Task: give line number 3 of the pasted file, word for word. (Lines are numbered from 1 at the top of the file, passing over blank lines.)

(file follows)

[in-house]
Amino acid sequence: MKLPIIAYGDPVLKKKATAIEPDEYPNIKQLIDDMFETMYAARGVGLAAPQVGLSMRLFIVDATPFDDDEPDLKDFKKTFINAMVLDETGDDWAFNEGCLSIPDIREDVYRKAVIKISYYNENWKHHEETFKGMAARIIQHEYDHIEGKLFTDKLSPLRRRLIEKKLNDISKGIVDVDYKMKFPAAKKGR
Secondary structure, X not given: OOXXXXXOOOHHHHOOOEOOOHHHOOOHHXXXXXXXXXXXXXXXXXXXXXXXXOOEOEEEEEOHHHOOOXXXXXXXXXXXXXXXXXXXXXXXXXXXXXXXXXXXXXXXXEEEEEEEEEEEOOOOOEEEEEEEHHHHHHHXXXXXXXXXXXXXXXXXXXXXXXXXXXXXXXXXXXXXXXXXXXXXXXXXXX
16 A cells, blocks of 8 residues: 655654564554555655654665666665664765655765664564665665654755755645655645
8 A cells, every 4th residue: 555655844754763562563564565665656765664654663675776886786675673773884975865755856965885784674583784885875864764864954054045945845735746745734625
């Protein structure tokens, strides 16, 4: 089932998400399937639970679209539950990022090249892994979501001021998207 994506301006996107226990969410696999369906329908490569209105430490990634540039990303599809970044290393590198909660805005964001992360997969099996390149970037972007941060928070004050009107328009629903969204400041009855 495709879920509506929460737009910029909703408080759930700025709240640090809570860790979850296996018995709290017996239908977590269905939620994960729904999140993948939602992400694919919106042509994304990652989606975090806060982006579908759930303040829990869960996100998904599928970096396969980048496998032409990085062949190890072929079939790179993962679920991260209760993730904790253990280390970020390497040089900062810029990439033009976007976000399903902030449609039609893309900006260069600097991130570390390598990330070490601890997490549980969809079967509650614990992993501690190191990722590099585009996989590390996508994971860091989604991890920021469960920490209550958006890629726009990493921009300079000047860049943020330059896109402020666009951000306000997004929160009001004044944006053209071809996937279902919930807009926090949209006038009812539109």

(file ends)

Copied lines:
Secondary structure, X not given: OOXXXXXOOOHHHHOOOEOOOHHHOOOHHXXXXXXXXXXXXXXXXXXXXXXXXOOEOEEEEEOHHHOOOXXXXXXXXXXXXXXXXXXXXXXXXXXXXXXXXXXXXXXXXEEEEEEEEEEEOOOOOEEEEEEEHHHHHHHXXXXXXXXXXXXXXXXXXXXXXXXXXXXXXXXXXXXXXXXXXXXXXXXXXX